While LPG is assumed default in urban India, one might be surprised to see that almost half of Indian population uses wood to burn chulhas and cook their daily meals. Multiply that by three and you would get a sense of what half of housewives in India have to put up. Worse, another 17% use biomass (crop residue and cowdung), which produces even more harmful gases and poses serious health risk to the housewife. Usage of kerosene, a healthier option for cooking, has come down, which might imply less subsidy burden on the state (reality may be different due to "leakage"). Less than 30% households use LPG, the desired option.

Come to think of it, the decision to reduce subsidized LPG cylinders by UPA Govt was probably one of the most debated+protested issue by political parties. I wonder why nobody is talking about those who burn wood or cowdung to feed their children, suffering from the resultant smoke. Maybe such sections of society don't have a TV as well, and hence no point in political sound-bytes on them when in front of the camera. 

The above table is another illustration of how LPG subsidy is not reaching the poor anyway, and perhaps how any blanket subsidy never really reaches the poor; in fact it even hinders infrastructure expansion and improvement - so much so that the poor never even becomes a part of the distribution system to benefit from it. In thi case, LPG subsidy means refineries have less incentive to produce LPG. The oil marketing companies (OMCs) invest less in LPG bottling plant infrastructure and distribution technology. Of course the subsidy by Govt is supposed to negate it, but such subsidies are always inadequate and never timely. We saw that in electricity, and we now see it in LPG. Blanket subsidies are good for short term gains, they always come with long term pains. PSU OMCs struggle to maintain their credit ratings necessary for them to import crude, while struggling to improve LPG penetration beyond the urban rich and middle class.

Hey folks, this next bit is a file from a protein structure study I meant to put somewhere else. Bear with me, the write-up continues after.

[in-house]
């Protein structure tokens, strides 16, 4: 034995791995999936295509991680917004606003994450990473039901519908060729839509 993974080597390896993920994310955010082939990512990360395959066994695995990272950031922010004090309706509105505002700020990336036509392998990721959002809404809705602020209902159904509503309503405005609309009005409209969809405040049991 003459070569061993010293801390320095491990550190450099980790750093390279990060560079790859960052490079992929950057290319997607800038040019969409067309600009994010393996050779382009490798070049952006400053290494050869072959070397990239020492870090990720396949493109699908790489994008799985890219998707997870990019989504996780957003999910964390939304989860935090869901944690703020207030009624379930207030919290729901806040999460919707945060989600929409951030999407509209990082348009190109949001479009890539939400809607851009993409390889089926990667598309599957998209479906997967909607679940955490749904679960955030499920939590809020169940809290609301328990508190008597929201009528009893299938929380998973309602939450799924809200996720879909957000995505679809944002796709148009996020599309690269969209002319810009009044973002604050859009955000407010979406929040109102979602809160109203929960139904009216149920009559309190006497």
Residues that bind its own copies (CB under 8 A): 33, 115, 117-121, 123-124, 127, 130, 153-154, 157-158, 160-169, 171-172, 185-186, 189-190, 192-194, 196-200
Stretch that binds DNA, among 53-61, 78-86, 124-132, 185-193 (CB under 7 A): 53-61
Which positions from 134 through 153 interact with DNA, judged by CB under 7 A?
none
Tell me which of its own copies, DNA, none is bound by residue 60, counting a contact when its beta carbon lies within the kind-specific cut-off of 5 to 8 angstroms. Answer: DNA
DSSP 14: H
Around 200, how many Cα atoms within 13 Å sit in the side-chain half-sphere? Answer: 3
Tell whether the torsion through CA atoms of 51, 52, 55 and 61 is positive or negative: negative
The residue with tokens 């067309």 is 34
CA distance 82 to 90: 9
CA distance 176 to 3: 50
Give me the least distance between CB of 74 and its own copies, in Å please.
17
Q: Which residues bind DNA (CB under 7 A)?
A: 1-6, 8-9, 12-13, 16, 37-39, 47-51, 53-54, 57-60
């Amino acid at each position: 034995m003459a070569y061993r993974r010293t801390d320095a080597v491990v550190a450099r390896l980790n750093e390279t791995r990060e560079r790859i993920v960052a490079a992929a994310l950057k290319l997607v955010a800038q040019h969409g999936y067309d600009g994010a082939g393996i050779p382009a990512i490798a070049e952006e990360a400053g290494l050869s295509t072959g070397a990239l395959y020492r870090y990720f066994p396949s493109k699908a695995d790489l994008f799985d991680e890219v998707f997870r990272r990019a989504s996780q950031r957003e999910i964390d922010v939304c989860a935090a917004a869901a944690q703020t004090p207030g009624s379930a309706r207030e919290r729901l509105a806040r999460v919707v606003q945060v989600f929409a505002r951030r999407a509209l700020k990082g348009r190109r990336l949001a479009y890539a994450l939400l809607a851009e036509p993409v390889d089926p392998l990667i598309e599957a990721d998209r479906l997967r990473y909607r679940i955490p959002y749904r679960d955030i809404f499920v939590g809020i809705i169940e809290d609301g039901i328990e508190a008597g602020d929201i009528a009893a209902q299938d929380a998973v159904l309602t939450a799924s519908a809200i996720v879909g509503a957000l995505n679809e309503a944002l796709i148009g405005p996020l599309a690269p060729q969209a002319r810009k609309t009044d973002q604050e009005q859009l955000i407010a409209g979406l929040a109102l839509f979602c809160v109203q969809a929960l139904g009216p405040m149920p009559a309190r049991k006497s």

States which have shown relatively better performance are highlighted for the respective metric in the table above. Inferences for such better performing states are below:
  • All four southern states have shown significant movement of households from firewood to LPG, with Tamil Nadu delivering the best performance followed by Kerala, AP and Karnataka in that order. TN also reduced reliance on kerosene significantly.
  • Maharashtra follows, having moved 14% of its households to LPG, largely from Kerosene (9%), followed by Firewood (4%)
  • Gujarat also puts up a good performance on a relative basis, moving 10% of its households to LPG, almost equally from biomass and kerosene.
  • Other states who deserve a mention: UP has reduced % households using biomass by 9%, most of which have switched to LPG. Bihar also reduced reliance on biomass by 8%, but most of these households seem to be using firewood now instead, hence not much of improvement as the numbers suggest. Promising signs of West Bengal reducing % households using coal, moving a large part to LPG.
Next time one of us bickers about our bathrooms being small, or the extra Rs 400 it costs from 7th LPG cylinder onwards,  perhaps some re-think is in order.

In this country where all political parties fight to recognize certain sections of society as down-trodden on the lines of caste, region and religion, tus justifying demands for more reservations and welfare schemes for such sections, we often forget the most backward and discriminated-against community - the Women of India. Both the above issues affect this section of our society in an order of magnitude higher then the Indian men. Yet, we don't talk about it much. Perhaps CNN-IBN, in its much publicized women empowerment drive "The Power of 49", might do well to prioritize the above issues. (They did talk about women sanitation here, but it ain't enough)

Keeping the cynicism aside, there are a few states, especially the four southern states, Gujarat and Maharashtra who seem to be improving on a faster pace than other states. While it is not sufficient, there are signs of hope from these states. And as always, the analysis stops at 2011, situation might have improved post 2011. Here's wishing to a better India in 2021, when the next census will tell us where we stand.


  1. It's a real matter of shame that we have wasted 65 years only to witness such pathetic performance in these two "most fundamental needs" area. For an inclusive on-ground growth, these two areas have to be the top priority for all state governments.

    Given the non-homogeneity of performance across states, there is a huge scope of cross-learning to fuel even speedier growth. Governments of 'laggard' states MUST come out of their 'political egos' and learn from their counterparts ('forward' states). The role of the central government should be to provide the platform for advocating best practices, define guidelines, set milestones and constantly monitor progress, apart from 'blindly' feeding states with capital resources / monetary support.

    Tree of bodhi, Good work and keep them coming please...

    1. Thanks Saurabh. Glad you find it informative. Hope the cross-learnings does happen across the political divide.